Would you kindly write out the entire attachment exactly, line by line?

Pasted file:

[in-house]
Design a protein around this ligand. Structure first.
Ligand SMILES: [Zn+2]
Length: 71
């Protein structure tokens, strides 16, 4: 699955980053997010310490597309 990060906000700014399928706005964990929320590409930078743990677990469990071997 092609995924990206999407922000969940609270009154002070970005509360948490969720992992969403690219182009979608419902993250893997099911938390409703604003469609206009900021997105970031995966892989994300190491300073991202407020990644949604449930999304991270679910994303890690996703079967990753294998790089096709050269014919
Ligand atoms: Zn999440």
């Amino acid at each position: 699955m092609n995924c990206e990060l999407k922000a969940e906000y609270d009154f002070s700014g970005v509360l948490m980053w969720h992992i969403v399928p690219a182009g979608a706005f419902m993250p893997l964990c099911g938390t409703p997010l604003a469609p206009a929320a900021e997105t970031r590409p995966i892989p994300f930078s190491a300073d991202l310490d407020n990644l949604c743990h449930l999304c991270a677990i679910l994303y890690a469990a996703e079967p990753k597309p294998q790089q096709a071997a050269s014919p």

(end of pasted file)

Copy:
[in-house]
Design a protein around this ligand. Structure first.
Ligand SMILES: [Zn+2]
Length: 71
């Protein structure tokens, strides 16, 4: 699955980053997010310490597309 990060906000700014399928706005964990929320590409930078743990677990469990071997 092609995924990206999407922000969940609270009154002070970005509360948490969720992992969403690219182009979608419902993250893997099911938390409703604003469609206009900021997105970031995966892989994300190491300073991202407020990644949604449930999304991270679910994303890690996703079967990753294998790089096709050269014919
Ligand atoms: Zn999440």
């Amino acid at each position: 699955m092609n995924c990206e990060l999407k922000a969940e906000y609270d009154f002070s700014g970005v509360l948490m980053w969720h992992i969403v399928p690219a182009g979608a706005f419902m993250p893997l964990c099911g938390t409703p997010l604003a469609p206009a929320a900021e997105t970031r590409p995966i892989p994300f930078s190491a300073d991202l310490d407020n990644l949604c743990h449930l999304c991270a677990i679910l994303y890690a469990a996703e079967p990753k597309p294998q790089q096709a071997a050269s014919p």